For the 17th time in the last 25 NHL seasons, the New York Islanders won’t be advancing to the Stanley Cup playoffs.

Next month will mark the 30th anniversary of the last time the Islanders marched to the Stanley Cup Final, bringing to an end one of the greatest dynasties in NHL history. Winners of four consecutive Stanley Cup and nineteen straight playoff series.

Those days are ancient history now. An entire generation has grown up never seeing the Islanders win a Stanley Cup. They’ve known nothing but decades of futility, supporting a poorly-run, badly-managed laughingstock.

Will the Islanders ever improve?

Will the Islanders ever improve?

I’m not an Islanders fan, but during their glory days I certainly respected that team. I said this before and I’ll say it again, it hurts to see this once-proud franchise reduced to its current state, mired in a seemingly never-ending culture of losing. As the late, great Hunter S. Thompson would ask, “How long, O Lord, how long?”

Sure, the die-hard fans can convince themselves better days are around the corner, especially given their 7-2-1 streak entering this weekend. When you’re a fan of a sports team as lousy as the Islanders, you cling to whatever hope you can find, real or imagined.

Last season seemed so promising. They made the playoffs for the first time in six years, throwing a scare into the heavily-favored Pittsburgh Penguins before falling in six games in the Conference Quarterfinals. Finally, the Islanders seemed to be turning the corner. Finally, better days were surely were ahead.

And then came this season, when everything again fell apart.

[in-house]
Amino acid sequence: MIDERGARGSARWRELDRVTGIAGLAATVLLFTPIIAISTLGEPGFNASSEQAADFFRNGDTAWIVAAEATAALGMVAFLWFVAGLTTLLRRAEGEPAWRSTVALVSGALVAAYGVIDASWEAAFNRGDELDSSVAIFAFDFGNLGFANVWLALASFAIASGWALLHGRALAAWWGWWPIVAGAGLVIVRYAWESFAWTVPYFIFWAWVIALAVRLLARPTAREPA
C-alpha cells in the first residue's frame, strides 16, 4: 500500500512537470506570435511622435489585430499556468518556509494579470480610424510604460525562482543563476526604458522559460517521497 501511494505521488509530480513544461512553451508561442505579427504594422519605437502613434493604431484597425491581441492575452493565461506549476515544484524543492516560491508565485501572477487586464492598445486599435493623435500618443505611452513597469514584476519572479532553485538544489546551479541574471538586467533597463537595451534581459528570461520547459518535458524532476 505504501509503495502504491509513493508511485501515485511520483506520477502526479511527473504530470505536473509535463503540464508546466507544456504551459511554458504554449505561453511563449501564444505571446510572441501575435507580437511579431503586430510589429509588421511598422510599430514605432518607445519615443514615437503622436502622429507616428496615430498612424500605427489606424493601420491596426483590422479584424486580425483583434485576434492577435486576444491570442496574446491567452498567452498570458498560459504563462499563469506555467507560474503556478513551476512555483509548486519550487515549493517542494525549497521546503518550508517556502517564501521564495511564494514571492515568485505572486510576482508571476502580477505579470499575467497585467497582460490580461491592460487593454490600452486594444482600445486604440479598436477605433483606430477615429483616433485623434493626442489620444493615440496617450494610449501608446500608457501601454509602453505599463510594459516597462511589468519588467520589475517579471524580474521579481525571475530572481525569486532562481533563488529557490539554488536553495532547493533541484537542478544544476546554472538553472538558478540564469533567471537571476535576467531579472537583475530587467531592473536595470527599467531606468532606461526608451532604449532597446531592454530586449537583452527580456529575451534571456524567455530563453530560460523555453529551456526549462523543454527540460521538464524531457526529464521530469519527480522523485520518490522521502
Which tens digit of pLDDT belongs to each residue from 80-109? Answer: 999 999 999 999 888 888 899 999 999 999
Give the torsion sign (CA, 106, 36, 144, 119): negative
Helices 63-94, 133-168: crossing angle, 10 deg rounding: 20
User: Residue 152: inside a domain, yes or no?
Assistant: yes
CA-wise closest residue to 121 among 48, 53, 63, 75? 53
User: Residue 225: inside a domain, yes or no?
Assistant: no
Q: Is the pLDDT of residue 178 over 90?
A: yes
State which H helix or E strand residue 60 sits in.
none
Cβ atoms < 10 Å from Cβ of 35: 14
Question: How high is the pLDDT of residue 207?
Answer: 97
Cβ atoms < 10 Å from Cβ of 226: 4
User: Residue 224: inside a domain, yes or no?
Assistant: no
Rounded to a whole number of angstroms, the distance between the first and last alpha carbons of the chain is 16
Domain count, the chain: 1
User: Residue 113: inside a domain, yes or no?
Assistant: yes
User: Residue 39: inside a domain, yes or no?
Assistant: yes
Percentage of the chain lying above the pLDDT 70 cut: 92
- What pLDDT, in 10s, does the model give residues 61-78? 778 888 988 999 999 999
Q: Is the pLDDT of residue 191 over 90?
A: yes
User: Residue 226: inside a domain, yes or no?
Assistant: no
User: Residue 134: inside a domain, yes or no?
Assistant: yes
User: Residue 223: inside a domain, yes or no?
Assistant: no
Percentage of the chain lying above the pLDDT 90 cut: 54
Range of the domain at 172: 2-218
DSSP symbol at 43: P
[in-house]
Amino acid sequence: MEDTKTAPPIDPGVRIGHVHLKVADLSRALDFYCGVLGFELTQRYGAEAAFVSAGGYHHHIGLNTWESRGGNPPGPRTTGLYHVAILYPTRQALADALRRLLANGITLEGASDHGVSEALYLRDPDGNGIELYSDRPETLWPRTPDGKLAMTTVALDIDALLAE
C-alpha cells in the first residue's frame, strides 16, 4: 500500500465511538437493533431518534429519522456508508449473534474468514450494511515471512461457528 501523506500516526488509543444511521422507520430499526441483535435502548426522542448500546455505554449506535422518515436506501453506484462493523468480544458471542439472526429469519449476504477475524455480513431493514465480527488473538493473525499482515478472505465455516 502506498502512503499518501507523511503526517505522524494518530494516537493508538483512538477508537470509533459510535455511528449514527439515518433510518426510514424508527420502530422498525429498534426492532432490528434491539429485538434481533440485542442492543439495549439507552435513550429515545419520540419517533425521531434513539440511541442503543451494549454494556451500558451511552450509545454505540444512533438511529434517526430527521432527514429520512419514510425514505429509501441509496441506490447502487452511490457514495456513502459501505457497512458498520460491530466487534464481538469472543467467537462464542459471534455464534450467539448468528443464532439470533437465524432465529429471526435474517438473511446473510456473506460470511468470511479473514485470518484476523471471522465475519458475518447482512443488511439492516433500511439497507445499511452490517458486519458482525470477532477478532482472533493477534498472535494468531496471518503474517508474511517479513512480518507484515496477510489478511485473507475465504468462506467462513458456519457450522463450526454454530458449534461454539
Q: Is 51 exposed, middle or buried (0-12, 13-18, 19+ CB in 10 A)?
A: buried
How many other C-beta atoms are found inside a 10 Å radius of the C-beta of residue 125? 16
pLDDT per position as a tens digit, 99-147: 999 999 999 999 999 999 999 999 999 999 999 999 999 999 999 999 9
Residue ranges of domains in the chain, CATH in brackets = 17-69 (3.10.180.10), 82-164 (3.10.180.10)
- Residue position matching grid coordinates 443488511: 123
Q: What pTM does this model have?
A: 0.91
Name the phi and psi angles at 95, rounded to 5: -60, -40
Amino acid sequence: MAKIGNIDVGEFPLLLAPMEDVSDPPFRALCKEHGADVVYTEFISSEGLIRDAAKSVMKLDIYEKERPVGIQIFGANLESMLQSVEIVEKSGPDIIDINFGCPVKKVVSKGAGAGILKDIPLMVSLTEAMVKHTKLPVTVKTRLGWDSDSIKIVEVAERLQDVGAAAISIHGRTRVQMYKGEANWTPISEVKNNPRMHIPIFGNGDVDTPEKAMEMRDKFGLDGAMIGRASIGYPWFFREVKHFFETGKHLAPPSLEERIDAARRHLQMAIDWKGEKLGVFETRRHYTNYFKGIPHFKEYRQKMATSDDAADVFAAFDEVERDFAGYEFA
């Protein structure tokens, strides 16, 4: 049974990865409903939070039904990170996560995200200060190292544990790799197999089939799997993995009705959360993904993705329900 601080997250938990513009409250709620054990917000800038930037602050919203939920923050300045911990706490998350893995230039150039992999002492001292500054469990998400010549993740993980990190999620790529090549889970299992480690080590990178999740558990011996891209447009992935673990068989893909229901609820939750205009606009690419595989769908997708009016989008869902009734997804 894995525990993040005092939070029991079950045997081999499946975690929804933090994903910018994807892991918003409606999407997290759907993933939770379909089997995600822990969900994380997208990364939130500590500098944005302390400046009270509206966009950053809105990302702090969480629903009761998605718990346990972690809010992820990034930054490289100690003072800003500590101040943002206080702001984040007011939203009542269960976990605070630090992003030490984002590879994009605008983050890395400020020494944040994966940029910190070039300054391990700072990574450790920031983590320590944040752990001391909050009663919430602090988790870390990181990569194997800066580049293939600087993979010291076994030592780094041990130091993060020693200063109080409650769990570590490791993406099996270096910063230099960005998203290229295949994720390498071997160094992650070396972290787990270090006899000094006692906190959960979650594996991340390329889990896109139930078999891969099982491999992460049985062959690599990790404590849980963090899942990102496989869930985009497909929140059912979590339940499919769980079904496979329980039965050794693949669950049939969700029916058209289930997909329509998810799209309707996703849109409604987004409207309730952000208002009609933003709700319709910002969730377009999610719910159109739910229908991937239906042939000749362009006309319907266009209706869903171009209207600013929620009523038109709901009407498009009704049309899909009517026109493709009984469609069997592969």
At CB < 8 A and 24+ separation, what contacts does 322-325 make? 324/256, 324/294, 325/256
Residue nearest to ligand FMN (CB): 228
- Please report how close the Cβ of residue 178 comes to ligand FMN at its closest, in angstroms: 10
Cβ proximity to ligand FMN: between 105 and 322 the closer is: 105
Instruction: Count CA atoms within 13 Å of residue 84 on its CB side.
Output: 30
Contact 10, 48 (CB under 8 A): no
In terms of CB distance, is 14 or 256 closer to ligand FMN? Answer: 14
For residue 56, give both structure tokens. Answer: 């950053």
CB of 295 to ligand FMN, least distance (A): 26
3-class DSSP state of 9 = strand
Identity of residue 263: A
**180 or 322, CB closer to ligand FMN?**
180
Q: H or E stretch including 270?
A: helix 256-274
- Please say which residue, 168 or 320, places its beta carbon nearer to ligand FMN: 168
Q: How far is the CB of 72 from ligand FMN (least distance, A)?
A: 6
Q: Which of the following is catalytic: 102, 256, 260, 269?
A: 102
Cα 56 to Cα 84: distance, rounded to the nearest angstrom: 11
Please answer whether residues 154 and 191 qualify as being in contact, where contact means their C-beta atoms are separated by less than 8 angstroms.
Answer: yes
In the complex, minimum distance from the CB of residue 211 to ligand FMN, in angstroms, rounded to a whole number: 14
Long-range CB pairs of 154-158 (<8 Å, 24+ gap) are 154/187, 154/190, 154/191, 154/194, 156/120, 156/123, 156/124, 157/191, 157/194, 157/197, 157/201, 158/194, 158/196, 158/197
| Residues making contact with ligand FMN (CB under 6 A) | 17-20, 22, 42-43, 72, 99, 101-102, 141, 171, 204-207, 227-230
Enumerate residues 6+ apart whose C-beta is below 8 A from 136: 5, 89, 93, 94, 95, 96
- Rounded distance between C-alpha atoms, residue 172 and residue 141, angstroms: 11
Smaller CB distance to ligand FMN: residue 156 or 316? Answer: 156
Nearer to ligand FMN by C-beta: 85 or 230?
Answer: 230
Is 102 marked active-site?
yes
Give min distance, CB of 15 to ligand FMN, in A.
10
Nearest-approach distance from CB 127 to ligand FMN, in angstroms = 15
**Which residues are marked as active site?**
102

The goaltending was terrible, the defense walloped by injuries. And then the biggest blow, as superstar John Tavares suffered a season-ending knee injury during the Olympics.

GM Garth Snow’s early-season acquisition of Thomas Vanek from the Buffalo Sabres failed to pan out. He compounded that failure by failing to land a decent return when he moved Vanek to Montreal at the March trade deadline.

Following yet another failed season, what’s next for the New York Islanders?

If recent reports are true, they could get new ownership before next season, which will be their last at the Nassau Coliseum before their move to Barclays Center in Brooklyn next year. It’s anyone’s guess if Snow and head coach Jack Capuano retain their jobs.

The Islanders’ roster consists of one superstar (Tavares), an emerging star (Kyle Okposo), an underrated two-way center (Frans Nielsen), a solid defenseman (Travis Hamonic), a handful of promising youngsters (Brock Nelson, Ryan Strome, Anders Lee, Calvin De Haan) and not much else.

Snow or his successor must address the club’s lack of depth throughout the lineup The priority is acquiring a genuine starting goalie. Snow gambled and lost bringing back Evgeni Nabokov for one more season. At this stage Nabokov is a reliable backup, not as a starter.

They must also get a good puck-moving defenseman to replace the departed Andrew MacDonald, as well as a strong shutdown blueliner. They need to bolster their second-line scoring depth, find a decent power forward and get stronger in the faceoff circle.

This off-season could be crucial for the Islanders long-term improvement. They must be a playoff club when they make the move to their new arena. More importantly, they must show Tavares that this season was an aberration instead of a harbinger of things to come.